When you imagine a quintessential American family, what comes to mind? Perhaps a white, middle class family of four, living in a slate-gray home with red shutters over the windows. The dad works in a charming office decorated with potted snake plants and the mom packs sandwiches and handfuls of goldfish crackers in her children’s tupperware lunchboxes. They own a dog, a chipper golden retriever who dives into the flame-colored leaves in the backyard every October.
While these families certainly exist, they are oversaturated in the media to the point where those with dissimilar families can feel isolated. Our idea of the American family is defined by media; by the children’s picture books published in the 1940’s we have deemed classics, by the glossy images stamped across the covers of shopping catalogs, by the thirty-minute sitcoms we watch every Tuesday night over a bag of cheddar popcorn. This is why it’s important to represent familial diversity in television, art, and literature, something Robin Benway does so exquisitely in her young adult novel, Far from the Tree.
Grace, Maya, and Joaquin are all half siblings, sharing a birth mother. As their mother immediately gave each of them up for adoption, they grew up in noticeably different circumstances: Grace, an only child adopted by two loving parents, Maya, adopted by a wealthy couple just before they found out they were pregnant with their own daughter, and Joaquin, the oldest sibling who bounced from foster home to foster home, unable to find his footing. At age 16, Grace is finally able to reach out to Maya, followed by Joaquin. The three siblings begin hanging out (awkwardly at first, as their first interactions are as teenagers) but they grow to realize the irreplaceable security they can provide for one another. Their journey as a family is interwoven with their journeys as individuals; Grace struggles with a teen pregnancy, Maya worries about how her parents’ impending separation will impact her and her sister, and Joaquin deals with unresolved trauma from his childhood years as a kid in the foster care system. As their lives are tossed into the air by the volatility of life, they find that they are the only ones that can keep each other afloat.
Far from the Tree is not just an enjoyable read, but it’s also an informative one. In her acknowledgments, Benway mentions the people who “let [her] talk to them about [her] characters and their stories” and thanks them for “graciously [bringing her] into their lives and [discussing] their families, jobs, and [experiences] with her.” She conducted extensive research and personal interviews in order to create a realistic depiction of three teenagers’ experiences with the adoption and foster care systems. Benway’s dedication to telling the stories of an atypical, yet incomparably unified family makes Far from the Tree a poignant, heartwarming read.
On a more technical level, Benway’s skills in dialogue and figurative language allow the novel to flow quite naturally. She strikes a balance that many young adult writers are unable to locate; she understands that teenagers inherently behave differently from adults, but she doesn’t write them off as immature and lacking agency in their own lives. It’s possible for teenagers to debate the appropriate french fry condiments one day and return to school for the first time since birthing a baby the next – in fact, this very scenario is ripped straight from the beginning of Far from the Tree! Furthermore, Benway’s command of metaphor causes the emotional moments to strike an untapped chord in the heart. Grace’s hands are scarred when she clings to a tree for support in a violent thunderstorm. Maya covers her ears and hopes her parents’ shouting won’t cause an Alice-in-Wonderland-type explosion. Joaquin bobs far offshore in an ocean’s open waters, unwilling to latch to any buoys that float his way.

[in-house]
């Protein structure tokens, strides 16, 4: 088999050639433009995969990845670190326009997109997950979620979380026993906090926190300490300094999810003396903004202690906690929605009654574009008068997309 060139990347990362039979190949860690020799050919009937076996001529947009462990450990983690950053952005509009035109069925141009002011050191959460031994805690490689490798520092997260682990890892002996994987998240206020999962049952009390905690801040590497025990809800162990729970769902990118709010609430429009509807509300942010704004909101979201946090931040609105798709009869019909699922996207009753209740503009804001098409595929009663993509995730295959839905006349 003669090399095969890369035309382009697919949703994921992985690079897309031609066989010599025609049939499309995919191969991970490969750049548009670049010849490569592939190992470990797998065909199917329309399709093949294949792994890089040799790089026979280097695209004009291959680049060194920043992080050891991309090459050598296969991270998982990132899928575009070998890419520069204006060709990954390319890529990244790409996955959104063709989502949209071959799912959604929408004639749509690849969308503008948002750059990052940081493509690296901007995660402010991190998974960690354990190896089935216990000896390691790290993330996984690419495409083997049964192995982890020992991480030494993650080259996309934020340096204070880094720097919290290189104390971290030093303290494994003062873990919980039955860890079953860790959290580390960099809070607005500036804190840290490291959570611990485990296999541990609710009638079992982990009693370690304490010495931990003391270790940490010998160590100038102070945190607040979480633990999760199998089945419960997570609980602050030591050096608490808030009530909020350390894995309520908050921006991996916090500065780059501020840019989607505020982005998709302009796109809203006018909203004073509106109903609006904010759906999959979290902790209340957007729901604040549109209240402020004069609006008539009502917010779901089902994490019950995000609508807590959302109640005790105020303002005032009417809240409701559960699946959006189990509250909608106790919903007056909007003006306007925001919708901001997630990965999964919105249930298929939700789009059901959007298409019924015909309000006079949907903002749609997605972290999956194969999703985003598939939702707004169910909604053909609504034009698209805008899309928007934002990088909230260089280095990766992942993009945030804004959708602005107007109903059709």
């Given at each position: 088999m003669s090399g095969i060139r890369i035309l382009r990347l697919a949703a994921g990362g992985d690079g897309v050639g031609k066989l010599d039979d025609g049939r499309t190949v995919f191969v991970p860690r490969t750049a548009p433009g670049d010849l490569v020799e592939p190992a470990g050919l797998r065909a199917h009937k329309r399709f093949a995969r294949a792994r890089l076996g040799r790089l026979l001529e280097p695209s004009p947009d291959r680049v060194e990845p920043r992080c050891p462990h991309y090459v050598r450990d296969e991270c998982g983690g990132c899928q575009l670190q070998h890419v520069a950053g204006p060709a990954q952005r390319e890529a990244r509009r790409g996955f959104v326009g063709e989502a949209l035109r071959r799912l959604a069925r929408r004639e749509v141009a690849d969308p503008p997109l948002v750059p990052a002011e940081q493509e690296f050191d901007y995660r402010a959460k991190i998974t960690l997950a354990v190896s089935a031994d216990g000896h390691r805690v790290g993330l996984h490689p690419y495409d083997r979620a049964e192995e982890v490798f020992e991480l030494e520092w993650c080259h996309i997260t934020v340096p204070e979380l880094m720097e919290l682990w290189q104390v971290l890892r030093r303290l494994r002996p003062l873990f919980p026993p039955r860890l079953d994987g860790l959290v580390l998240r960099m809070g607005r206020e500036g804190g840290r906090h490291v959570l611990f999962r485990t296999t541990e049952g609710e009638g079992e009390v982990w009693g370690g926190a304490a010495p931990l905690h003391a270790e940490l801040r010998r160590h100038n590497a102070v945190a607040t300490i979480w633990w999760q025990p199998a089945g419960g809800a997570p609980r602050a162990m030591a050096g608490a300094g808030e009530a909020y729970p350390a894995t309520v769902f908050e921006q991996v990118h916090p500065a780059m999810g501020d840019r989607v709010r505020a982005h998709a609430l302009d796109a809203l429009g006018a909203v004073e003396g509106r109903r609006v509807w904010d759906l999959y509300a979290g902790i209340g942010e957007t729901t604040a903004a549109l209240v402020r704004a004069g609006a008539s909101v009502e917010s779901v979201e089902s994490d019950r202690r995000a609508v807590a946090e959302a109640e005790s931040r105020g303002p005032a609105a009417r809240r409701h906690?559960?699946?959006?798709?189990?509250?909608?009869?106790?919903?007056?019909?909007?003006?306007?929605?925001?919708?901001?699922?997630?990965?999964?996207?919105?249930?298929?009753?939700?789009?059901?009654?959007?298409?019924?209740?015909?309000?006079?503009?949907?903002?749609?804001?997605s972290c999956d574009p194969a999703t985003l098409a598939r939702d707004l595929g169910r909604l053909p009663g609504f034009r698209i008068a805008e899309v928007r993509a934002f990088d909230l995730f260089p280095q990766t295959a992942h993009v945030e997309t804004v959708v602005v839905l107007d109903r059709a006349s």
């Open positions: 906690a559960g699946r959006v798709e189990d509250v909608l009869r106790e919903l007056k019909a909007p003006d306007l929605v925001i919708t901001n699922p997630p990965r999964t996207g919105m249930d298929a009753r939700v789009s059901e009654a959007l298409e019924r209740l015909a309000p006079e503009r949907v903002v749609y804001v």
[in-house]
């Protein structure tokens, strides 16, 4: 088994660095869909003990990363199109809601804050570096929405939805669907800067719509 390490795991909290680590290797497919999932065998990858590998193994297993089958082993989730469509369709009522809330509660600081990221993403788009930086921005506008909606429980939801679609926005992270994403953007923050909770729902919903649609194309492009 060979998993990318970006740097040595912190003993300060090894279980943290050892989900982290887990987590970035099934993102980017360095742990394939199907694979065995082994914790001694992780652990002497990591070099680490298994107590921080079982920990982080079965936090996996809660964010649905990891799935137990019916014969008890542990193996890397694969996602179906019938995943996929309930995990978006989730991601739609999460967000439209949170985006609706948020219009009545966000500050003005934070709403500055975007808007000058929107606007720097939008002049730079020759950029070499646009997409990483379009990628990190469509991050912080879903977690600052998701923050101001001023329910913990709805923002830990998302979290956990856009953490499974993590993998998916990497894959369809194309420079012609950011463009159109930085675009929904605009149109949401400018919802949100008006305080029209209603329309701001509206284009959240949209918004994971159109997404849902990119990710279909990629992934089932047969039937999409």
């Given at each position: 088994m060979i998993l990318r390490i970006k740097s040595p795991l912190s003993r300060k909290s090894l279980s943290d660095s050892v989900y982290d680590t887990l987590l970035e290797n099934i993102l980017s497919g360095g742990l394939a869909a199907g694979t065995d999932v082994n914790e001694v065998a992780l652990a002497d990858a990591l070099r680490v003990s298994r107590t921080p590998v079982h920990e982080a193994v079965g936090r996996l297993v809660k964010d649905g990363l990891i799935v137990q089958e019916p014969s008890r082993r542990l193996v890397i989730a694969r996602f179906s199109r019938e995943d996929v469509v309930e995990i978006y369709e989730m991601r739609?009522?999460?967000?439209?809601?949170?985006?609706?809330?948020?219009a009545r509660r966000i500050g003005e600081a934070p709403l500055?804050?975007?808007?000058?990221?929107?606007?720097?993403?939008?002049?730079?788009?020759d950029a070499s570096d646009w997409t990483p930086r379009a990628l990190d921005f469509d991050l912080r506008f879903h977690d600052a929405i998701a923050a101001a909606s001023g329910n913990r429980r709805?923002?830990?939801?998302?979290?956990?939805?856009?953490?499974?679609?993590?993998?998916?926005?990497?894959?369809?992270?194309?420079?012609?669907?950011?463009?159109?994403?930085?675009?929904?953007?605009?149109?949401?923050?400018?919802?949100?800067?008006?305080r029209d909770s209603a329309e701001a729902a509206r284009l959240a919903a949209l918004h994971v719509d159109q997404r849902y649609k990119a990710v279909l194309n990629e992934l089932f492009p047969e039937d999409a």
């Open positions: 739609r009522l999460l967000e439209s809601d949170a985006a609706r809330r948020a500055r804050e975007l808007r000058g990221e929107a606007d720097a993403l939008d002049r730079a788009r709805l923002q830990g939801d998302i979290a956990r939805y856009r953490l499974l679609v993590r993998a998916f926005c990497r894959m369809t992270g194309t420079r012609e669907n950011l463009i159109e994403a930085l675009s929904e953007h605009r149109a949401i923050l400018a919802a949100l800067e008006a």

Finally, Benway doesn’t shy away from topics that can be difficult to write about, such as race or sexuality. Instead, she approaches them with a nuanced take, looking at how people’s identities can affect their roles in the adoption and foster care systems. Joaquin, the only one of the three to be half-Mexican, mentions how “white baby girls [are] first-ranked on most people’s list of Children We Would Like to Have One Day”. Benway should be commended for acknowledging how children of color are frequently viewed as less desirable than white children. She also touches upon the issue of sexuality with Maya, who is openly gay. Maya’s parents are quite supportive, but upon meeting Joaquin she learns about the children who were kicked out of their foster homes after coming out, and it causes her to think frankly about what her sexuality means to her. Some teen novels avoid social justice altogether – they skip over the realities of race and gender and sexual orientation in an attempt to streamline their narrative. Benway, on the other hand, seamlessly works these topics into the novel by creating three characters with distinct, complex identities.
A National Book Award Winner, Pen American Award Winner, and New York Times Bestseller, Far from the Tree is both heart-shattering and heartwarming. The question “What does it mean to be a family?” is stamped across the cover, the answer to which is dispersed across all 374 pages of Benway’s magnificent novel.